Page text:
Two kids—as in young goats—prove just why that creature has a tough reputation.
Little Billy finds a cellphone in a field, “like the one the farmer lost”; said farmer is scouring the tall grass a few feet away. Billy “kept it for his own.” Strike one. Hiding it from his folks, he teams up with his friend Cyril and, after a little minor mischief, Billy suggests “Let’s make a funny call!” Billy’s brother gets a burp; Cyril’s sister gets a “whooping like a big baboon.” OK, they are on thin ice but still dry. Then they discover Troll’s number in the contacts. “Oh, what a laugh, yippee!” Since they are afraid of Troll, they text. “Get off the bridge! You stink!” Whoa! Strike two. Still laughing, Billy says, “I bet Troll’s got an ugly mug— / let’s take its photograph!” So now a little B & E into Troll’s cave. Strike three. There they find a baby troll, crying as a result of the prank calls (illegal in most states, considered harassment, stalking, or bullying: strike four). The kids apologize, though even Ross’ soft colors and easy linework fail to convey much remorse when they “hung their heads in shame.” Then they all make friends. Forgiveness is a beautiful quality, yes. But the kids are more delinquents than pranksters, and with “friends” like them....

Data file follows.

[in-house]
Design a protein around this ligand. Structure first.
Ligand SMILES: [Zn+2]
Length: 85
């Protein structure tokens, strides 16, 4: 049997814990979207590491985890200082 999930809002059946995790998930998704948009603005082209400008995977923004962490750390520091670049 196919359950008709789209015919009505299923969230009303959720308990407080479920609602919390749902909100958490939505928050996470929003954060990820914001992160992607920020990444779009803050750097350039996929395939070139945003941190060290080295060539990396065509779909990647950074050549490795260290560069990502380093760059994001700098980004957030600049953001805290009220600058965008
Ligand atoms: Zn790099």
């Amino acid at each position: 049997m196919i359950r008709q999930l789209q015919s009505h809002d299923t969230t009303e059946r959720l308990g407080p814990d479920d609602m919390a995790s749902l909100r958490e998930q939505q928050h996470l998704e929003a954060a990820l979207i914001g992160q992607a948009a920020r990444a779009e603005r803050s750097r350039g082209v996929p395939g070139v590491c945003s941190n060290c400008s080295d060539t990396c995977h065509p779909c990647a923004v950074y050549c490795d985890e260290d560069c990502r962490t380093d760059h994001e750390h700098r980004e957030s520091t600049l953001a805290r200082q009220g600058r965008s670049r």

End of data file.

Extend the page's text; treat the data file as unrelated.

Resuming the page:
Let’s be honest. The goats are the stinkers. (Picture book. 4-8)